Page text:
A characteristic surge of LH takes place in females but not in males, which is called the preovulatory surge. It is timed to coincide with peak maturity of the ovum within the ovarian follicle, and causes ovulation within 24-72 hours. The large follicle breaks open at one point, releasing the mature ovum and some cells clustered around it, as well as the fluid inside the follicle, to be rapidly taken up by the neighboring fallopian tube where it travels to the uterine cavity. FSH also rises rapidly at this time but not with the same amplitude.
Following ovulation, the cells which were surrounding the developing ovum inside the follicle, called the granulosa cells, now multiply to form a small new solid structure in place of the fluid-filled follicle, namely, the corpus luteum (‘yellow body’). In fact, this characteristic change of the follicle into a small yellowish spot (luteinization) is responsible for the name of this hormone.
The corpus luteum cells produce large amounts of the female steroid hormones, progesterone and estrogen (mostly estradiol). Progesterone is essential to prepare the endometrium for implantation of a new zygote, should the ovum undergo fertilization within the fallopian tube. LH also keeps the corpus luteum healthy and functional if pregnancy supervenes, until the placental development has reached a stage during which hCG can take over the role of maintaining pregnancy.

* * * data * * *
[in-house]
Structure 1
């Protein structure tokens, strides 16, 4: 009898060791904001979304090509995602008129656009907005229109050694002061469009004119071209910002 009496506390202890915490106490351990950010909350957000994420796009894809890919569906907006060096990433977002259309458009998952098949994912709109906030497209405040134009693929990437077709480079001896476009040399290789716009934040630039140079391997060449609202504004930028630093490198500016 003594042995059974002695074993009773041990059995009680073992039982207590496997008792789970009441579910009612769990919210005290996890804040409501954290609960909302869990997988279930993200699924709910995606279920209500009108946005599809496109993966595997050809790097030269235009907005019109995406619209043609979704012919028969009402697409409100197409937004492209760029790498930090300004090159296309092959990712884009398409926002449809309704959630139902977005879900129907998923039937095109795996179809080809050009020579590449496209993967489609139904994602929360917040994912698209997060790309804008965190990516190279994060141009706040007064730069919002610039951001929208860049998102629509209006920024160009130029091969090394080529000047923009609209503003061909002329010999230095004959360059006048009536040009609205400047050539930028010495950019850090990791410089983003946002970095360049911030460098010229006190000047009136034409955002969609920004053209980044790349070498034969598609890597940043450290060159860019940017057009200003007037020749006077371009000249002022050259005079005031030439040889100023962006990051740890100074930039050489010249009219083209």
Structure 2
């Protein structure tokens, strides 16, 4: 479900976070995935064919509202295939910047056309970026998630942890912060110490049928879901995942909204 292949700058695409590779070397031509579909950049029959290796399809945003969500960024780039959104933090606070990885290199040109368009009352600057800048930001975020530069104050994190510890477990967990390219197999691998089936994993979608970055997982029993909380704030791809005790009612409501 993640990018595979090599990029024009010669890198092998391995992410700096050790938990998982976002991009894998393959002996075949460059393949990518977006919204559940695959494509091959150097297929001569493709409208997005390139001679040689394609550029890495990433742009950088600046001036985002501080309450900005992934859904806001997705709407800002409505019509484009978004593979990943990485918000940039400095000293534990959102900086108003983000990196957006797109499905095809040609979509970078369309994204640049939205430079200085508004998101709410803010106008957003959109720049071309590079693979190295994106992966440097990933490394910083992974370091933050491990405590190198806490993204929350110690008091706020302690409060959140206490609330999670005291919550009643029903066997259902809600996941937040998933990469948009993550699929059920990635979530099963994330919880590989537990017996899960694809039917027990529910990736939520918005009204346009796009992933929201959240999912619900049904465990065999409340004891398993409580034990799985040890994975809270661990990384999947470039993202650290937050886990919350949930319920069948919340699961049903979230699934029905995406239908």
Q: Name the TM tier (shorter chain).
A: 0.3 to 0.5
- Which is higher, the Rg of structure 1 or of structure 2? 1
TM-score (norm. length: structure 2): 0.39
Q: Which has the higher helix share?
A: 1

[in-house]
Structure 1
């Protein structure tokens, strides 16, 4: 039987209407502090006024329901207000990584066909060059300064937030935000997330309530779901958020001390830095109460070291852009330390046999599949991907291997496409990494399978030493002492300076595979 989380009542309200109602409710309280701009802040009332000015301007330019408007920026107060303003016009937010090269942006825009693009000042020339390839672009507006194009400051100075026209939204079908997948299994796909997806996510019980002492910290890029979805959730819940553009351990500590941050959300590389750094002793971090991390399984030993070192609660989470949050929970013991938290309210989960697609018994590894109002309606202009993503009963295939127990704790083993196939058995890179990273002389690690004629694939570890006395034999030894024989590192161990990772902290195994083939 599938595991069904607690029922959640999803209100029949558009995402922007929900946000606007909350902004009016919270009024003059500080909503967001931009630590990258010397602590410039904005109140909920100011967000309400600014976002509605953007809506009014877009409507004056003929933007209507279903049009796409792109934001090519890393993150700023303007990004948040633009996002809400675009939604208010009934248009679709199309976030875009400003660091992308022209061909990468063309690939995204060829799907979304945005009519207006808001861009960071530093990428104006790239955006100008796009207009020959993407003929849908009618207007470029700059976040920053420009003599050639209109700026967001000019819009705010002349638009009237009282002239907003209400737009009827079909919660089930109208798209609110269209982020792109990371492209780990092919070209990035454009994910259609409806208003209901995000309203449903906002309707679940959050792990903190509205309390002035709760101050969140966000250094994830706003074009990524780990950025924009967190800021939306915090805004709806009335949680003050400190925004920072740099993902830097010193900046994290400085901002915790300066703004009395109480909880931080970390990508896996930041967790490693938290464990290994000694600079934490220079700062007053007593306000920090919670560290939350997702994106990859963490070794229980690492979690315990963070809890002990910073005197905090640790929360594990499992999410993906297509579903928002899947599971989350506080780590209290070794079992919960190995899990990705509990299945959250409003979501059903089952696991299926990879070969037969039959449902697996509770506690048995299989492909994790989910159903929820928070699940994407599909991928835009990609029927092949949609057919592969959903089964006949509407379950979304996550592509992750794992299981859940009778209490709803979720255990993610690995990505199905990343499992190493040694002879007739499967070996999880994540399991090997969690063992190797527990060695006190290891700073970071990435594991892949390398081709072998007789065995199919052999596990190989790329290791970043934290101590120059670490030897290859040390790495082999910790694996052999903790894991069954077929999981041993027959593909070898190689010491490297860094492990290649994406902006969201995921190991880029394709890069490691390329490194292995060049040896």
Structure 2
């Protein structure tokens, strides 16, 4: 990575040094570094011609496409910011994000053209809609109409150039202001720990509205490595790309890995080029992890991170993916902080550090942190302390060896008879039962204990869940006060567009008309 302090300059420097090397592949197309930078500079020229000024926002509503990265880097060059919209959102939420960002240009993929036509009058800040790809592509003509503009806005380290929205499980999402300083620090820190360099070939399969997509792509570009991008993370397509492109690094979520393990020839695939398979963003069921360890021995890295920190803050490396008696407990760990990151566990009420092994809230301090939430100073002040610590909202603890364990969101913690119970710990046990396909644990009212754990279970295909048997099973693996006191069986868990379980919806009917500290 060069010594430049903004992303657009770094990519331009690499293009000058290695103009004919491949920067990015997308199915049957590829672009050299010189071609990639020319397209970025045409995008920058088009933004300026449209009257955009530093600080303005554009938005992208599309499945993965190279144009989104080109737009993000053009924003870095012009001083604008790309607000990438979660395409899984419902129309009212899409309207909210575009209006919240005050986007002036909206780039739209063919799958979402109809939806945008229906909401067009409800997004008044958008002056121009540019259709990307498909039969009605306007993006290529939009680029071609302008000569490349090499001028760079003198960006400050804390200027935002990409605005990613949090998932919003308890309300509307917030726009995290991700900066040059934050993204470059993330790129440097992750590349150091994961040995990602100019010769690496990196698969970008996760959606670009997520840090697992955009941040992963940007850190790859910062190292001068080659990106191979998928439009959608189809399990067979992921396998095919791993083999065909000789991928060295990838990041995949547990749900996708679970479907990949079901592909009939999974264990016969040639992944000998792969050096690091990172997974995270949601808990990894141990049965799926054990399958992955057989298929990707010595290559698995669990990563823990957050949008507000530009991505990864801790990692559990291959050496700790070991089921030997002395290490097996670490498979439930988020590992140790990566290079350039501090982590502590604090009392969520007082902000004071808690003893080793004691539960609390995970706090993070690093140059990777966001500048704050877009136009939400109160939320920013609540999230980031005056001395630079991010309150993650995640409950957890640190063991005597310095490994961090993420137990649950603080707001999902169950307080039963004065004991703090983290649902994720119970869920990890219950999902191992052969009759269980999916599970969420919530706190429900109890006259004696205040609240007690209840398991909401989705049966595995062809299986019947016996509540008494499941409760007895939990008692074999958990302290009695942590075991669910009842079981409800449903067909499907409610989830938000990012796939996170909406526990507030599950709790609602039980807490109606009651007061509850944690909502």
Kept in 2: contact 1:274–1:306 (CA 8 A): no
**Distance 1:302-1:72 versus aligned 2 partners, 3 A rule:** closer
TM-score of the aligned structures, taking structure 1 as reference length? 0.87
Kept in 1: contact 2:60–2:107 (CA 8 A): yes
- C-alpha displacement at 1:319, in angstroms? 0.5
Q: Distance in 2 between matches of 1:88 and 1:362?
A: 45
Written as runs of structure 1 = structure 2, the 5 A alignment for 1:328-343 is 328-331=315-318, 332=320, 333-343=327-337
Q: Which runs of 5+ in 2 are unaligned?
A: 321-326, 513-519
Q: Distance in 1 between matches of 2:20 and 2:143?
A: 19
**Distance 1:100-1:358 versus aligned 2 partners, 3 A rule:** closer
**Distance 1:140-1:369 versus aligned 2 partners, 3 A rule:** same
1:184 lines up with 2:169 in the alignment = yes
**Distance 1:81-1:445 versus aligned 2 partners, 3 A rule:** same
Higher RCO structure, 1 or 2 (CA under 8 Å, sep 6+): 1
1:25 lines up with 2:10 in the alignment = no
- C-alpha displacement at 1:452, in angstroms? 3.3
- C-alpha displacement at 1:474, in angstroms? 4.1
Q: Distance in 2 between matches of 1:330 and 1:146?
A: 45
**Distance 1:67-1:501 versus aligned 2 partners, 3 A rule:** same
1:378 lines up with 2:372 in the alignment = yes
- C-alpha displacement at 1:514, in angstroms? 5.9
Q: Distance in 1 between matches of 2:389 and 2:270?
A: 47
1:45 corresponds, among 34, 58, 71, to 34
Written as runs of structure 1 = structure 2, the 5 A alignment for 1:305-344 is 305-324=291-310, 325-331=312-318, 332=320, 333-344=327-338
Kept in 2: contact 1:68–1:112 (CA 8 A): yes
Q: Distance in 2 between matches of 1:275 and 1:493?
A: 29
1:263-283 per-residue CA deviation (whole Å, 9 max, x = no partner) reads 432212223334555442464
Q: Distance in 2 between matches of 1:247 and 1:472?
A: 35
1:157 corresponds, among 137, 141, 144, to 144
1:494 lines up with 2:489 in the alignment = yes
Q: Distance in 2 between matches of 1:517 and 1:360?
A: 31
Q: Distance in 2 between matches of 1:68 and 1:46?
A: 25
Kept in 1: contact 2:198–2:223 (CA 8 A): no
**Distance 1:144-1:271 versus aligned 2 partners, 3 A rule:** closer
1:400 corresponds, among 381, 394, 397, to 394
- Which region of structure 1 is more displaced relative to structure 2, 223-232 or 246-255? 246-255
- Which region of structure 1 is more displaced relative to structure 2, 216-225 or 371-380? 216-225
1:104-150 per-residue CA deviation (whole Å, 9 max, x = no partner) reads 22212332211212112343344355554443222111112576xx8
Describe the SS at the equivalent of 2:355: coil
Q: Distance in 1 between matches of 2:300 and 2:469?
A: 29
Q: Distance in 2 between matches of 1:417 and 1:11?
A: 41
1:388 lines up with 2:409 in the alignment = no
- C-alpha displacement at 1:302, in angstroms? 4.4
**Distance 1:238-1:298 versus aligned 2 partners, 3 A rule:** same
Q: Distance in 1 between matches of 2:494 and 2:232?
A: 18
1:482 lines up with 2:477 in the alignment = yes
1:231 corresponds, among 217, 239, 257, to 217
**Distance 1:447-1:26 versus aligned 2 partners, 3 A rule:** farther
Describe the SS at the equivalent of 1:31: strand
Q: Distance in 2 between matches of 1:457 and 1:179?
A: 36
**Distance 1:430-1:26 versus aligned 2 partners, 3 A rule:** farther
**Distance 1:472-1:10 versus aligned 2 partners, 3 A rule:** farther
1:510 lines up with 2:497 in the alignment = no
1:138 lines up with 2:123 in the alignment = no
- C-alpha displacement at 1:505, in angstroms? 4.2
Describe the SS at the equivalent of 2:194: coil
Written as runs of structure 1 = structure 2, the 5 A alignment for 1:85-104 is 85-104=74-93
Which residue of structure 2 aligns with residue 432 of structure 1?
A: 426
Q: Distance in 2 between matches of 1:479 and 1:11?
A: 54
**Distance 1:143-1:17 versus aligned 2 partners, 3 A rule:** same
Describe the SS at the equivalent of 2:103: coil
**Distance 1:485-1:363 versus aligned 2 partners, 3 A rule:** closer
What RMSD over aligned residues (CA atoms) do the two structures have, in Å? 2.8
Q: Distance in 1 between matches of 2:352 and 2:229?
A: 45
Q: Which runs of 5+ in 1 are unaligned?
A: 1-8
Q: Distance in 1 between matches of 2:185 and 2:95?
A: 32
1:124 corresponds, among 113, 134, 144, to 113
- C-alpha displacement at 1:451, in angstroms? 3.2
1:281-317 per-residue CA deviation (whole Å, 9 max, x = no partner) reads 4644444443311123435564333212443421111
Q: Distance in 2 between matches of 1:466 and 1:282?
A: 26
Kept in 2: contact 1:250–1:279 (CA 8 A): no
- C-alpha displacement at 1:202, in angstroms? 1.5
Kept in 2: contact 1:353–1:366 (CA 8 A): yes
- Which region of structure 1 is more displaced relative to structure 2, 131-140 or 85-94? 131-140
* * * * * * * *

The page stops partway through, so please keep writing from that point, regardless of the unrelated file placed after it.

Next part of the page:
Follicle-Stimulating hormone (FSH)
FSH is responsible for stimulating ovarian follicles to grow and mature so that ovulation can take place. When exogenously administered, it therefore hyperstimulates the ovaries, producing multiple mature follicles and several mature oocytes - this is instead of the typical single mature ovum produced in each ovarian cycle.
FSH also supports the function of special cells within the testes, Sertoli cells, which are required for proper sperm maturation.
Feedback regulation of gonadotropin secretion
The control of FSH and LH secretion from the pituitary gonadotrophs is principally by the gonadotropin-releasing hormone (GnRH), also called LH-releasing hormone (LHRH). It is a peptide hormone synthesized from the hypothalamus, the master endocrine gland of the human body. When secreted from the hypothalamic neurons, it acts on the gonadotrophs of the anterior pituitary via receptor binding, to stimulate gonadotropin secretion.